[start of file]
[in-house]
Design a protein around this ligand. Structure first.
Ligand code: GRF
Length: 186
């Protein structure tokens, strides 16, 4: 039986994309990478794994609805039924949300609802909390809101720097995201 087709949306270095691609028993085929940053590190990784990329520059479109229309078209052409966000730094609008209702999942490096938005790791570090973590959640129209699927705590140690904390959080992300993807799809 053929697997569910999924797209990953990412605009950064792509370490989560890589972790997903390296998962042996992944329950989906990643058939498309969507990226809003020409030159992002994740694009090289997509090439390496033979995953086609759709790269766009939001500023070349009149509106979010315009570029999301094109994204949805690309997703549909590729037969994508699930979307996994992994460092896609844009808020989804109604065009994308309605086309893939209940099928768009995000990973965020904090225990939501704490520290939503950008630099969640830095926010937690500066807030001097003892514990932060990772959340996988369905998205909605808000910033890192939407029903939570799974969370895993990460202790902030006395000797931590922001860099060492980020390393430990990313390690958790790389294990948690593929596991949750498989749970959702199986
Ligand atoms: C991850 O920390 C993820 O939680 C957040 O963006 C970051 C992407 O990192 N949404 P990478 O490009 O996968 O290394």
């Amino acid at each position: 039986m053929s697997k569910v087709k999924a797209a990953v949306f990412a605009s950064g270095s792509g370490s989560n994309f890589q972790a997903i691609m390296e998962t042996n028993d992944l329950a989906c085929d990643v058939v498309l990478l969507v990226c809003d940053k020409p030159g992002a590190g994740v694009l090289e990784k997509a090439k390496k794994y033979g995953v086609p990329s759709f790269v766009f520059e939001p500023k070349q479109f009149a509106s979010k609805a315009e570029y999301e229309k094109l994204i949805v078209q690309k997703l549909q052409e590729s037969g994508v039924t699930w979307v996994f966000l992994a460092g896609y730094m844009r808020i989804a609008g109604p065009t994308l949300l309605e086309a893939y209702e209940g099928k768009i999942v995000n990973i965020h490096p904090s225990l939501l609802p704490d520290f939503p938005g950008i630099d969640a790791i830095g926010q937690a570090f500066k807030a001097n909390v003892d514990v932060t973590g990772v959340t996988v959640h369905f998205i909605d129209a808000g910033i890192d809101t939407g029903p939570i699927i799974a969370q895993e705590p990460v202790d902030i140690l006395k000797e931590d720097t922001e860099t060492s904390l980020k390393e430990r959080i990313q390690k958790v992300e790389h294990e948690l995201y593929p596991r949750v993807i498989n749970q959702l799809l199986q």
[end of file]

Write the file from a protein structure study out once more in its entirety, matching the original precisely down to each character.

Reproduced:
[in-house]
Design a protein around this ligand. Structure first.
Ligand code: GRF
Length: 186
């Protein structure tokens, strides 16, 4: 039986994309990478794994609805039924949300609802909390809101720097995201 087709949306270095691609028993085929940053590190990784990329520059479109229309078209052409966000730094609008209702999942490096938005790791570090973590959640129209699927705590140690904390959080992300993807799809 053929697997569910999924797209990953990412605009950064792509370490989560890589972790997903390296998962042996992944329950989906990643058939498309969507990226809003020409030159992002994740694009090289997509090439390496033979995953086609759709790269766009939001500023070349009149509106979010315009570029999301094109994204949805690309997703549909590729037969994508699930979307996994992994460092896609844009808020989804109604065009994308309605086309893939209940099928768009995000990973965020904090225990939501704490520290939503950008630099969640830095926010937690500066807030001097003892514990932060990772959340996988369905998205909605808000910033890192939407029903939570799974969370895993990460202790902030006395000797931590922001860099060492980020390393430990990313390690958790790389294990948690593929596991949750498989749970959702199986
Ligand atoms: C991850 O920390 C993820 O939680 C957040 O963006 C970051 C992407 O990192 N949404 P990478 O490009 O996968 O290394």
């Amino acid at each position: 039986m053929s697997k569910v087709k999924a797209a990953v949306f990412a605009s950064g270095s792509g370490s989560n994309f890589q972790a997903i691609m390296e998962t042996n028993d992944l329950a989906c085929d990643v058939v498309l990478l969507v990226c809003d940053k020409p030159g992002a590190g994740v694009l090289e990784k997509a090439k390496k794994y033979g995953v086609p990329s759709f790269v766009f520059e939001p500023k070349q479109f009149a509106s979010k609805a315009e570029y999301e229309k094109l994204i949805v078209q690309k997703l549909q052409e590729s037969g994508v039924t699930w979307v996994f966000l992994a460092g896609y730094m844009r808020i989804a609008g109604p065009t994308l949300l309605e086309a893939y209702e209940g099928k768009i999942v995000n990973i965020h490096p904090s225990l939501l609802p704490d520290f939503p938005g950008i630099d969640a790791i830095g926010q937690a570090f500066k807030a001097n909390v003892d514990v932060t973590g990772v959340t996988v959640h369905f998205i909605d129209a808000g910033i890192d809101t939407g029903p939570i699927i799974a969370q895993e705590p990460v202790d902030i140690l006395k000797e931590d720097t922001e860099t060492s904390l980020k390393e430990r959080i990313q390690k958790v992300e790389h294990e948690l995201y593929p596991r949750v993807i498989n749970q959702l799809l199986q």